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In Captivate 5 Essential Training, author James Lockman demonstrates the core features of Captivate 5, the popular tool for authoring e-learning content such as interactive presentations, click-through simulations, and customized assessments. He shows how to import and sync PowerPoint presentations, add interactivity, and incorporate audio, video, and voiceovers. The course also includes tutorials on assessment reporting and integrating with SCORM-compliant learning management systems. Exercise files accompany the course.
In the chapter, we're going to investigate the Timeline. We will see how we can use the Timeline to control how objects appear and disappear, how long they persist on the stage, and whether or not they exist for the entire presentation or whether they exist for a single slide. We'll begin down in the Timeline itself. Now if you don't see the Timeline, that's okay. We can recover it by switching to the Classic workspace. Switch to the Classic workspace now by choosing the Classic workspace from the Workspace menu up here.
The Timeline is along the bottom. When you start to add more and more content to the Timeline, however, it can get quite crowded. For this reason, we can expand the Timeline by grabbing on the top of the Timeline and dragging up. Position your mouse right here between the Timeline and your slide, click and hold and drag it up, and you can see that the Timeline will get bigger. This will allow us to see more of the content in the Timeline at once. We can control the width of the Timeline as well.
You may not be able to read the names of the objects in the Timeline, and so you can expand that area. Put your cursor in between the names and the Timeline itself, click and hold, and drag to the right. Now we can better read the names of the objects on our Timeline. There are some features here that I'll point out as well. You can scrub through time in the Timeline. It makes perfect sense. We do that up here along the time ruler. You can click anywhere on the time ruler to advance your playhead.
That's two and a half seconds in my Timeline. There is four seconds in my Timeline. If you click and hold, you can drag in either direction and see the changes in your project. So note the differences in behavior. If I simply click to position my playhead, my project area doesn't change. If I want to preview what the project looks like in time, I've got to actually click and drag the playhead, and that will show me what the project will look like at that point in the Timeline.
All of the objects that are on the stage are visible on the Timeline, with the exception of the background. The backgrounds will be accessible from the library. I would like to focus on the objects that are on the stage right now, and see how we can take advantage of the Timeline to manipulate them. Let's go to slide number 2 in the Filmstrip. There are more objects on this slide than they were on the first one. Select this Text_Caption here. You'll see it get selected automatically in the Timeline.
I would like to move it to the very top of the stack of objects. The object stacking order is something that is important when we start to have content that overlaps other content, or when we are layering other content in animations. But if I have got one object that's going to move from one place to another, I want to make sure that doesn't get obscured by existing objects on the stage. I want to move this text caption to the top of my stacking order. Afterwards, I'll also move the Statement_ Frame to the top of the stacking order.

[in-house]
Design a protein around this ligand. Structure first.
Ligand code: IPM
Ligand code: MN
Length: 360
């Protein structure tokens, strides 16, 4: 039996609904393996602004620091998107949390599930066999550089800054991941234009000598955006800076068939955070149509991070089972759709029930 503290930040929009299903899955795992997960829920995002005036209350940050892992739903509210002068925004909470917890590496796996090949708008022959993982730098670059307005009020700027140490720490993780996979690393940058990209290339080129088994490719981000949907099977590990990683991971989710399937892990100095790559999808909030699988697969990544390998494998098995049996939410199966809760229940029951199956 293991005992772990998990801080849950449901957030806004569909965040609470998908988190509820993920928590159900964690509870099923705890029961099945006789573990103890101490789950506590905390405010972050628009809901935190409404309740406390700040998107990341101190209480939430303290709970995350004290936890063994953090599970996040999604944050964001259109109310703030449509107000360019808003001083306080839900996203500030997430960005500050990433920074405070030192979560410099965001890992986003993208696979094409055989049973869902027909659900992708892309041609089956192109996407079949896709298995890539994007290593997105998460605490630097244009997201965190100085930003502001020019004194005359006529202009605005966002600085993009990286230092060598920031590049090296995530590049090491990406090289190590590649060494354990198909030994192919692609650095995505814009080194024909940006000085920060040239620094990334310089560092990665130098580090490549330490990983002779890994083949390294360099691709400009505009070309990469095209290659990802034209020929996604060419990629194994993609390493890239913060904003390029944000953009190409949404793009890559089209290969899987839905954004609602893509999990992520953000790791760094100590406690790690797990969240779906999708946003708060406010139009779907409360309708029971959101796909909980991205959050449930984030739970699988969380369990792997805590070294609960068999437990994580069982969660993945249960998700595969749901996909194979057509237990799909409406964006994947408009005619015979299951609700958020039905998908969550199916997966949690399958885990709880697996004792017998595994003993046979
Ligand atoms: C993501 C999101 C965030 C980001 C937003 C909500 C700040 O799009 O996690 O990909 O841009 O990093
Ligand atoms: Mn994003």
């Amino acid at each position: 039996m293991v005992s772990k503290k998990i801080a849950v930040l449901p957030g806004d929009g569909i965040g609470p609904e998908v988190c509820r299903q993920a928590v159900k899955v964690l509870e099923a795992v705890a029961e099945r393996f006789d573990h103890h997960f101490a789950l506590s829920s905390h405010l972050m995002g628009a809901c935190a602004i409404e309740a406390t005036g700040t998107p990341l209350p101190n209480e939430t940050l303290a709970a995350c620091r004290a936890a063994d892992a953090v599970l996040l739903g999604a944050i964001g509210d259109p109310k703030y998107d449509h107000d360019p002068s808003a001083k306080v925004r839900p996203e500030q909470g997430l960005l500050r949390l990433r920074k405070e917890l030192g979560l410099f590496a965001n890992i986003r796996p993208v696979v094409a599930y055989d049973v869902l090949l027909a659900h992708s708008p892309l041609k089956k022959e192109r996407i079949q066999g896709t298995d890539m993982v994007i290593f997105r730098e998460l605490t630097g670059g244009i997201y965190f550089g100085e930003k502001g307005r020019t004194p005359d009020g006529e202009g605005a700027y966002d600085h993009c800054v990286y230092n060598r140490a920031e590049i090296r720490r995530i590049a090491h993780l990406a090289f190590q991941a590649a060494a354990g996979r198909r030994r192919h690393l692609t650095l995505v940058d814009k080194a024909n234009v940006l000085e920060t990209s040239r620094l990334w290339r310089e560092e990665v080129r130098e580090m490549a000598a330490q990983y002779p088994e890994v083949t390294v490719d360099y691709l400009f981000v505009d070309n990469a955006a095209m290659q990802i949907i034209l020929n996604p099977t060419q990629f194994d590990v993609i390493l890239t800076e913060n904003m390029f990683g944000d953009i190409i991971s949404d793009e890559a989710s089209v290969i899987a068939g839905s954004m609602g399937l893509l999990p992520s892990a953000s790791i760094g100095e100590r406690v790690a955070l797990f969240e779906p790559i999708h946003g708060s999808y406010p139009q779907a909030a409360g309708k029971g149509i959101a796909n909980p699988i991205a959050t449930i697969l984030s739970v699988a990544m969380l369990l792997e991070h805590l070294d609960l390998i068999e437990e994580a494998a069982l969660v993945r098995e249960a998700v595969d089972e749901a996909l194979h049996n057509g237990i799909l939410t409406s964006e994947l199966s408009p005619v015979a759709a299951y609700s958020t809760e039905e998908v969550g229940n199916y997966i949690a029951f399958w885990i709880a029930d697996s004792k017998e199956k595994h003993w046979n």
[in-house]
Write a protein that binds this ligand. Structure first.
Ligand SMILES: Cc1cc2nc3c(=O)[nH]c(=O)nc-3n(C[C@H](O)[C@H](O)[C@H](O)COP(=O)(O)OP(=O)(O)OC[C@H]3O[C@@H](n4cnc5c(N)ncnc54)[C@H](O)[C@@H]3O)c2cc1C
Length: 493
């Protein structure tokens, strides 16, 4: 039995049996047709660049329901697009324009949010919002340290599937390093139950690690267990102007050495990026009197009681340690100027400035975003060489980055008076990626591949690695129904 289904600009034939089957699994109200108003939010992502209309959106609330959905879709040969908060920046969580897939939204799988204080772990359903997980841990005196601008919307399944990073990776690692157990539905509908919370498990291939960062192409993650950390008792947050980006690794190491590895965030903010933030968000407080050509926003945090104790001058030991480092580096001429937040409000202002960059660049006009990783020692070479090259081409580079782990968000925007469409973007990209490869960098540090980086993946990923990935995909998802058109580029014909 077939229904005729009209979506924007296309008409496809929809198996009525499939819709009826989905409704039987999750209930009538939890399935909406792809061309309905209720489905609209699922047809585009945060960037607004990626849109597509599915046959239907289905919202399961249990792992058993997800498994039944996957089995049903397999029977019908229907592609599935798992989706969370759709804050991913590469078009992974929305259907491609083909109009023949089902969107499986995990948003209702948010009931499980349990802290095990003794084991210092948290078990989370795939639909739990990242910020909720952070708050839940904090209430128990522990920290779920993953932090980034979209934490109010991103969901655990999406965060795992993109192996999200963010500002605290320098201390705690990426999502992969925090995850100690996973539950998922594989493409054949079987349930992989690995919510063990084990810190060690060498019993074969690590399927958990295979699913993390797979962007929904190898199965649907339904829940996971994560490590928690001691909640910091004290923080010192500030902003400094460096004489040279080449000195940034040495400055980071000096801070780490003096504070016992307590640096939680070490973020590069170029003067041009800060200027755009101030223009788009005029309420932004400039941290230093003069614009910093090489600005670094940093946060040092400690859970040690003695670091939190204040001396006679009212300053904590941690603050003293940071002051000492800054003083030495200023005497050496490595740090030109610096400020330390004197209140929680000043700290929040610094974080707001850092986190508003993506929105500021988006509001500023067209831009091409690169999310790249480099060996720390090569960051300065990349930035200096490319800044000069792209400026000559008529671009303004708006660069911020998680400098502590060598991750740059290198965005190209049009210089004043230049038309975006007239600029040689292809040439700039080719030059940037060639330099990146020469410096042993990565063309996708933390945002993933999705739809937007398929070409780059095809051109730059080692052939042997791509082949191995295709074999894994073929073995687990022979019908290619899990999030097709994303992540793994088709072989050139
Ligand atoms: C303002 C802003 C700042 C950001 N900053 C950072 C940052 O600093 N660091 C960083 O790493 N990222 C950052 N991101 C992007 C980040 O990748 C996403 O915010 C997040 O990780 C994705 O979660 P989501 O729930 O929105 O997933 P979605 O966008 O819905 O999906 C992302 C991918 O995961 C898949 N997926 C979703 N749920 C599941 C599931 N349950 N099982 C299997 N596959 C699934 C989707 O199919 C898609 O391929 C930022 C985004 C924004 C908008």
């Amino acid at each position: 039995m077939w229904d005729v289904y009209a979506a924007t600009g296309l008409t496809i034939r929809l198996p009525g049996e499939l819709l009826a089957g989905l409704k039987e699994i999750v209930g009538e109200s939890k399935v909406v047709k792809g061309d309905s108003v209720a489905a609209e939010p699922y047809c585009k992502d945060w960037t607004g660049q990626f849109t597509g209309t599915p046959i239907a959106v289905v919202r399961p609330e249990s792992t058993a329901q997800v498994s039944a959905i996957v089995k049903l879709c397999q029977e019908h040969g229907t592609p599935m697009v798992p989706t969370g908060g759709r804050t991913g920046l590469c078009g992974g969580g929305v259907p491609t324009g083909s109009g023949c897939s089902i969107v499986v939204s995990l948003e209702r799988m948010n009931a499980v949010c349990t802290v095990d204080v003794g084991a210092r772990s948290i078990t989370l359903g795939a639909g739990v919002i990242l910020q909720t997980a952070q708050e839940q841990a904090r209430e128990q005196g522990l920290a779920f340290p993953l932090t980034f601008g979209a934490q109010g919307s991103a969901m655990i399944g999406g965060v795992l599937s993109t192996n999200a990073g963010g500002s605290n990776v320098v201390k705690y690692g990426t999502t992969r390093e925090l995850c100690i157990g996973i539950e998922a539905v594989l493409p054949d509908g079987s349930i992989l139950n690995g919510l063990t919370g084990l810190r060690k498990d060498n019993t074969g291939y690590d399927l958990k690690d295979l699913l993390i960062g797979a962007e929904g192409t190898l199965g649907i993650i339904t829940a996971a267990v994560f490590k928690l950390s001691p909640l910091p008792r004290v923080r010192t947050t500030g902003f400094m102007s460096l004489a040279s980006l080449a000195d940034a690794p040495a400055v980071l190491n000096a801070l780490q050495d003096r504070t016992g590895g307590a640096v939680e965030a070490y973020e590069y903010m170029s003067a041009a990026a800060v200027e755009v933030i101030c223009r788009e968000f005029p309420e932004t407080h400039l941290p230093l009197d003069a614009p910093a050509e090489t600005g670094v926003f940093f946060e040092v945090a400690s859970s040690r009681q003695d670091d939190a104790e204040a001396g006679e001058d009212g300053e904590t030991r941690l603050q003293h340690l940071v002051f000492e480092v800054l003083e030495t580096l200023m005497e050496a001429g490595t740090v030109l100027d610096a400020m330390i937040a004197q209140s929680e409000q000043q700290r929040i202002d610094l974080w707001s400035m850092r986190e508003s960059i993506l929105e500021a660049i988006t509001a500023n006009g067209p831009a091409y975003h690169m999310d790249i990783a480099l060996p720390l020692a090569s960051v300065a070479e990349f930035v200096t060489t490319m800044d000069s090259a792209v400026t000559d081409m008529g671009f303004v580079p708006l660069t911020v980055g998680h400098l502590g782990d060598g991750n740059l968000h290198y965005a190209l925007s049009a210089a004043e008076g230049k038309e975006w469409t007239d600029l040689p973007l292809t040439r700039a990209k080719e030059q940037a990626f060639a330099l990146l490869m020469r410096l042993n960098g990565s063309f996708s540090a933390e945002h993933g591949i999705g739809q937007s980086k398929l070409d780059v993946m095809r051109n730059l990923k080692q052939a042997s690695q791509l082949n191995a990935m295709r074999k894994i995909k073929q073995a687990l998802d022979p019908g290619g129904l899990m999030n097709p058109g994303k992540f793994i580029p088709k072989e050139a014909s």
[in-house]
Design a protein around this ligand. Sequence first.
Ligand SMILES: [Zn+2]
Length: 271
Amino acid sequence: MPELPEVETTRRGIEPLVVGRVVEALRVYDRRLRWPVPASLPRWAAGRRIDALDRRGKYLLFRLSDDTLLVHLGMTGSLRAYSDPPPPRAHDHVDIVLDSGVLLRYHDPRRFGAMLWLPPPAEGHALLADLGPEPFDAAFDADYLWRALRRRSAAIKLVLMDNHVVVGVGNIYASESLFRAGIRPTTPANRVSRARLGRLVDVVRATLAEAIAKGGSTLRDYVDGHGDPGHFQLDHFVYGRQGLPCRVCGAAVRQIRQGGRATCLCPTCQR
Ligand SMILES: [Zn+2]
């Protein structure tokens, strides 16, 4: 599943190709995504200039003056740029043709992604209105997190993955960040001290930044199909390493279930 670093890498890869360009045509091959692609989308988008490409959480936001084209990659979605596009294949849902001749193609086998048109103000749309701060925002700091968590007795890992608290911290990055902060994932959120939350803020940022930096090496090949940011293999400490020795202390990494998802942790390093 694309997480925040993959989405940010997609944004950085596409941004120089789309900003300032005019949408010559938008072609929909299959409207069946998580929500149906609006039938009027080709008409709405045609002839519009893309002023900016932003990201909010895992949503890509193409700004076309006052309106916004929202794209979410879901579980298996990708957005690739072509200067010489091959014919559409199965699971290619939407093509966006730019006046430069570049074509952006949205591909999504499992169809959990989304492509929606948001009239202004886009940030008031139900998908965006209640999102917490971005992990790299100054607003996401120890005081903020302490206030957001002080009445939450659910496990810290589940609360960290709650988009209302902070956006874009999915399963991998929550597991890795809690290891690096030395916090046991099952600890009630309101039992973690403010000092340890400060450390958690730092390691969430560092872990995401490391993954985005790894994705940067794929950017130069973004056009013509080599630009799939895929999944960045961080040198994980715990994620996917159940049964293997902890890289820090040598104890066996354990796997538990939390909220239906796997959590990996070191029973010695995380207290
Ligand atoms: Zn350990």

To change the stacking order, select an object. You can select an object either by clicking it directly like we've already done, or you can click it in the Timeline, and that will select it. For instance, I'll select the Statement_Frame, and let's drag that up. You can see that since I clicked there, the fist closed, and now I am holding on to the Statement_Frame. Click and drag to put the Statement_Frame at the top of the stack. So I will drag it all the way to the top and release it.
Now I will do the same thing with Text_Caption. Click and drag it up. Great! Now it's on the top of the stacking order. As we dig more into the Timeline panel, we will be interacting with these objects pretty extensively. There is another way that we can adjust timing, and that's to use the Properties. If I have an object that has timing associated with it, I can see that timing in the Properties panel. Right now, we have our Text_Caption selected, and if we scroll down in our Properties panel, you can see that there is a Timing panel.
If you open it, you can see that it displays for the rest of the slide, and it will appear after a slight delay, 0.1 seconds. I can interact directly with these controls right here in the Timing panel. If I want something to display for specific amount of time, then I can change how it displays. Click and hold and choose specific time or rest of project. If I choose rest of project, then the caption will be present on every slide in my project.
If I want to be able to adjust the timing precisely, then I can change to specific time and then adjust the amount of time that that object will remain on the stage. Having made our layering changes, let's save this as Chapter 5_a. We are going to save it in our exercise files, in the Chapter 05, Project Files folder. The Timeline is an extremely powerful tool.
We will be looking at the details of the Timeline in the remainder of this chapter, but we will be using it for the rest of the course.
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